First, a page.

ANTX Demonstrates Connectivity Among Range of Unmanned Systems
By RICHARD R. BURGESS, Managing Editor
ARLINGTON, Va. — Northrop Grumman, participating in the Advanced Naval Technology Exercise (ANTX) 2018, successfully demonstrated end-to-end multidomain connectivity among unmanned underwater vehicles (UUVs), unmanned surface vehicles (USVs) and unmanned aerial vehicles, company officials said.
The ANTX demonstration at the Naval Undersea Warfare Center in Newport, Rhode Island, focused on “a mine countermeasures mission, supplemented with unmanned systems” said Alan Lytle, Northrop Grumman’s vice president for Undersea Systems.
“We had two major focuses this year the first being to integrate our Advanced Mission Management Control System (AMMCS) over a range of vehicles [UUV, USV and UAV] to increase the efficiency of manned/unmanned teaming,” said Dan Redman, Northrop Grumman’s ANTX program manager. “Our second goal was to add some capability to our Fire Scout [UAV] surrogate to demonstrate that a small change can expand the role of a platform.”
Under the concept of operations, the unmanned vehicles are “deployed from a littoral combat ship in a potentially contested environment. The Wave Gliders get out there, the helicopter is on station, and the IVER [UUV] swam out and did its initial run over the target.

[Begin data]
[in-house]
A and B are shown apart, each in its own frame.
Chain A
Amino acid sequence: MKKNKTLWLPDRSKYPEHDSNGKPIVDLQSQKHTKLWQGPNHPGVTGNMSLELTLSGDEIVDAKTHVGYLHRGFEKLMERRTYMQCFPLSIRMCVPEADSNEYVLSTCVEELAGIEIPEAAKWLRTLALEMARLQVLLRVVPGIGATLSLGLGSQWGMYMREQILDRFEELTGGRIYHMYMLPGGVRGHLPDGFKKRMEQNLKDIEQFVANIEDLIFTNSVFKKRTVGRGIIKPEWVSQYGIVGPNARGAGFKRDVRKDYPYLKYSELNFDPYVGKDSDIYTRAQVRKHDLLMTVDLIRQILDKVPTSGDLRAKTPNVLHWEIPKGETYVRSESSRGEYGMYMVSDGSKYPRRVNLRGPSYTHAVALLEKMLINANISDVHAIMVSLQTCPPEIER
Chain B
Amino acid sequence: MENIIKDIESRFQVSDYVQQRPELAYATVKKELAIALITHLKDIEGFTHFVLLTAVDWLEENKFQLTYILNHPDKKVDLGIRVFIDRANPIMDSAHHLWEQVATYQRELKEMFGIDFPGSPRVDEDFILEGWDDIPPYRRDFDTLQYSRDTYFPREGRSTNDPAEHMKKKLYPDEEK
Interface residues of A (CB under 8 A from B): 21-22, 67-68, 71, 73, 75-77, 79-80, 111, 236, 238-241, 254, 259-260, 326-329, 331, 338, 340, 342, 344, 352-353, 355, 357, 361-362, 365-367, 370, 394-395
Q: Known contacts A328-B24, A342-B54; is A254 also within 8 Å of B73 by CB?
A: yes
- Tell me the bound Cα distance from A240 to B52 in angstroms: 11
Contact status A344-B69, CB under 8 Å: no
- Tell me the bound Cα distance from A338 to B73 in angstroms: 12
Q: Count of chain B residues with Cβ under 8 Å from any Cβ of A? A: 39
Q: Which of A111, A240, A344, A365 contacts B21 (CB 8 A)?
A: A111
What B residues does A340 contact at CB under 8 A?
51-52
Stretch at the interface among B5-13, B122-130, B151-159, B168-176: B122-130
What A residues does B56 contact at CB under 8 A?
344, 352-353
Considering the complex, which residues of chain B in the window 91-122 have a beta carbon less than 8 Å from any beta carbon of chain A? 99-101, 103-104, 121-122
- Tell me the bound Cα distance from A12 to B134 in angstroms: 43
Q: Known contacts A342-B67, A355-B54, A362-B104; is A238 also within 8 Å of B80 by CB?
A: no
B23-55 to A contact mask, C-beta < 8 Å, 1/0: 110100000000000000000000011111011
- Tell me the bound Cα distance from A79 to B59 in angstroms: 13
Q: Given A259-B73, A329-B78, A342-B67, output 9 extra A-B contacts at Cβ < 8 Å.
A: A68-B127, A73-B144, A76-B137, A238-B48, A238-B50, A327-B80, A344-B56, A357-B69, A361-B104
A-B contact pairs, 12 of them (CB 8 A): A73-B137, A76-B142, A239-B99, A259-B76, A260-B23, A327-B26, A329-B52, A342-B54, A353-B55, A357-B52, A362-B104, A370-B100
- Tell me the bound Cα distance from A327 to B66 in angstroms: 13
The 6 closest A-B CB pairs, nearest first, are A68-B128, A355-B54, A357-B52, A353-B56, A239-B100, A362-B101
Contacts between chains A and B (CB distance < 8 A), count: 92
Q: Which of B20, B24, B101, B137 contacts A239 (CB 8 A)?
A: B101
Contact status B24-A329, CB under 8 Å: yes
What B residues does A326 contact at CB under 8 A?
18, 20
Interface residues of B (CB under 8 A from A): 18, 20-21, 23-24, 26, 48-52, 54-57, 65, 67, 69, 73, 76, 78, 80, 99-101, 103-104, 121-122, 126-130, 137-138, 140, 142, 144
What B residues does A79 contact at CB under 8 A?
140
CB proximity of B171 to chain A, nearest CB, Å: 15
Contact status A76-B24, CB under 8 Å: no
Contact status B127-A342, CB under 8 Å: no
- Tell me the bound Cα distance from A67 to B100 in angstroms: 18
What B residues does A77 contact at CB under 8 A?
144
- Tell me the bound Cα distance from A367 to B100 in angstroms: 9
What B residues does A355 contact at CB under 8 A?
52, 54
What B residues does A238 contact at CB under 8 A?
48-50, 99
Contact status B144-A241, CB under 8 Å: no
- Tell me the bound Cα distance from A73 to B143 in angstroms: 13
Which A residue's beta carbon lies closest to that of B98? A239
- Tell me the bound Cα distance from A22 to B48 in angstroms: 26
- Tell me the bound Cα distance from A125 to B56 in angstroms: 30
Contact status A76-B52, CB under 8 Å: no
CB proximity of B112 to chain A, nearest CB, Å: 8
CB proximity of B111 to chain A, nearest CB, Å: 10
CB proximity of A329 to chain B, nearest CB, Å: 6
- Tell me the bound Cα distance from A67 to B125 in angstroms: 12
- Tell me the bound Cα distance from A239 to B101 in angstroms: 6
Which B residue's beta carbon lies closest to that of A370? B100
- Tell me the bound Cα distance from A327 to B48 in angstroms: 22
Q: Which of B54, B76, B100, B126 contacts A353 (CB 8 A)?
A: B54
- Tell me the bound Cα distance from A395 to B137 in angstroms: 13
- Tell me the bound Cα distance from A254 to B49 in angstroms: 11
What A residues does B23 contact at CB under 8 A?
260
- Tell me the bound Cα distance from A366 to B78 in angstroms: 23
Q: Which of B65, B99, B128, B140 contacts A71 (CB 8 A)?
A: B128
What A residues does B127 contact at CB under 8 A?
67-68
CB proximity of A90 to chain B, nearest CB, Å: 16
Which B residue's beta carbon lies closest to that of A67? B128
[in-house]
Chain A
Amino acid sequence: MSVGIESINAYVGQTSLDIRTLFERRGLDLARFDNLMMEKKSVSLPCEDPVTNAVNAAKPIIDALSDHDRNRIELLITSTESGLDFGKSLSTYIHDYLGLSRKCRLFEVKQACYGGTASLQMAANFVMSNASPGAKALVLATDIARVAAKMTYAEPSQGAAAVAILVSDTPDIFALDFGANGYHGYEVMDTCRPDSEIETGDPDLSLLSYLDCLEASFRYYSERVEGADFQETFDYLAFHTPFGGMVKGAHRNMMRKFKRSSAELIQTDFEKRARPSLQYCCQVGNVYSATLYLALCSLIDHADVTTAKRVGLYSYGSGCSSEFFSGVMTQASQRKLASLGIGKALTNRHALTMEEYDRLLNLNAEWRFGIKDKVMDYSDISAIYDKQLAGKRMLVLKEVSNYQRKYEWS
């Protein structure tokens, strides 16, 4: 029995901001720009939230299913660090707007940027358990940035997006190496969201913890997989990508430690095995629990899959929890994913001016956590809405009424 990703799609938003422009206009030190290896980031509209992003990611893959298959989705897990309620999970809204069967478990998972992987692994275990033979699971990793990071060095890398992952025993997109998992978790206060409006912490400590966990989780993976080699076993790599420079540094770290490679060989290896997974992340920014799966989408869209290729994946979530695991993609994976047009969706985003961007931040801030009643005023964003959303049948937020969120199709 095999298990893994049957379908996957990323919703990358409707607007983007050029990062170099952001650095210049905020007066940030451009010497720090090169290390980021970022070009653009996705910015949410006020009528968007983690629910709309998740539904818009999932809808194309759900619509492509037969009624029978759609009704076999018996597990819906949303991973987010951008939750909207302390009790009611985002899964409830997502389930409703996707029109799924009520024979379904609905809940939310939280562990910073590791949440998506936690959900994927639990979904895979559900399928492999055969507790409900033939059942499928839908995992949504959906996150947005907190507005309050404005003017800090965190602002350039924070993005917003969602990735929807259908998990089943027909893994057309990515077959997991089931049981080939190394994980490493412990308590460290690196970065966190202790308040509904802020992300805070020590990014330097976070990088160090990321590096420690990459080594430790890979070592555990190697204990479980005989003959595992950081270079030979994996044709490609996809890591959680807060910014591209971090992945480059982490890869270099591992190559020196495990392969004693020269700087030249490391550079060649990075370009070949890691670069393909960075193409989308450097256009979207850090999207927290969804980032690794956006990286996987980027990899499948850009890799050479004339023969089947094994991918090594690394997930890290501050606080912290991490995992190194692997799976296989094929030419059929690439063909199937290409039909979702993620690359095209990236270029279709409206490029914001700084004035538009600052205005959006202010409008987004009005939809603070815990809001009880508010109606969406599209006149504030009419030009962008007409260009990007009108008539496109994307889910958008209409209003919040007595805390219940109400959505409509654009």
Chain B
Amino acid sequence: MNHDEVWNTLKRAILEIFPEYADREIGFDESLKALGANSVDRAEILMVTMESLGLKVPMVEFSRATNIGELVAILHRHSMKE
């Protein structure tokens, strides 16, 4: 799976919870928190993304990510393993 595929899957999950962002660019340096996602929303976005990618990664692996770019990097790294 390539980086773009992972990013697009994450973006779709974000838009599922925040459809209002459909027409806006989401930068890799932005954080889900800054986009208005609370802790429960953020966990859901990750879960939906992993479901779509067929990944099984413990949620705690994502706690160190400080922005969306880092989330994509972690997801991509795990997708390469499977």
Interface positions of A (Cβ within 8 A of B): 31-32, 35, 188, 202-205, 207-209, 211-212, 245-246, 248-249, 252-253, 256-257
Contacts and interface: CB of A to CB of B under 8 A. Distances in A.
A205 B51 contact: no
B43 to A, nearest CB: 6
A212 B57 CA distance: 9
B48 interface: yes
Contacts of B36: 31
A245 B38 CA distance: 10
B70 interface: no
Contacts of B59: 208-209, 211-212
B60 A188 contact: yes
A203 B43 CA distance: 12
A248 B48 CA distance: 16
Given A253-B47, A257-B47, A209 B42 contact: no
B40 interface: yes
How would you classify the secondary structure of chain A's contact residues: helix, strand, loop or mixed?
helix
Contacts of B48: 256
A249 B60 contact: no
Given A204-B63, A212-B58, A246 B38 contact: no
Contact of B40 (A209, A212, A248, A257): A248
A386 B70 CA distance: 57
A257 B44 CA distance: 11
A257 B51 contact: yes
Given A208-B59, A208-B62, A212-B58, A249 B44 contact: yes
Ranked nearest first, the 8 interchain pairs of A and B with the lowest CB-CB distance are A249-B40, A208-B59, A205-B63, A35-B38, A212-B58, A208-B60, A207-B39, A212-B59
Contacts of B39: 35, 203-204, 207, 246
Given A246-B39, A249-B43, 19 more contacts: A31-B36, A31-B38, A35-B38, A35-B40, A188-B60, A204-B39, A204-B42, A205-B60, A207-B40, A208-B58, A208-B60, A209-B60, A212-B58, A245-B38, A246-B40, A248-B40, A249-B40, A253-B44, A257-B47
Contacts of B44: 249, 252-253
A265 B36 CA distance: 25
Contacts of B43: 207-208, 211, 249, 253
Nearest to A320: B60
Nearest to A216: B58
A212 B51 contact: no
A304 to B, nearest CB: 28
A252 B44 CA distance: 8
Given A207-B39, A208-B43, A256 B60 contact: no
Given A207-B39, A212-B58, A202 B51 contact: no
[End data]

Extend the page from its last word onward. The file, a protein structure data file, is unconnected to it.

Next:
Redman said that in the 2018 ANTX the company added sonobuoy launch tubes to the Fire Scout surrogate, a Bell 407 helicopter upon which the MQ-8C Fire Scout is based, fully integrated with the other unmanned vehicles in the demonstration.
“We did the first drop of a sonobuoy from our Fire Scout surrogate,” he said, noting that four A-size sonobuoy launch tubes were carried on each side of the helicopter.
The AMMCS, using a proprietary software, was installed on each of the vehicles to operate the various UUVs and USVs and their sensors, “creating a net to accomplish the mine warfare mission,” Redman said.
Lytle said the demonstration showed the ability to use a man-portable UUV with a Micro-SAS [synthetic aperture sonar] to achieve automatic target recognition.
“Once the [UUV] had recognized mine-like objects to a high-enough confidence factor, it communicated covertly with the tactical operations center and fed that information back to that networked grid, [creating] full end-to-end communications,” he said.
The UUV, an OceanServer IVER3 580 equipped with the Micro-SAS, communicated using a data bubble to a tactical operations center, Lytle said, likening it to encapsulated satellite communications.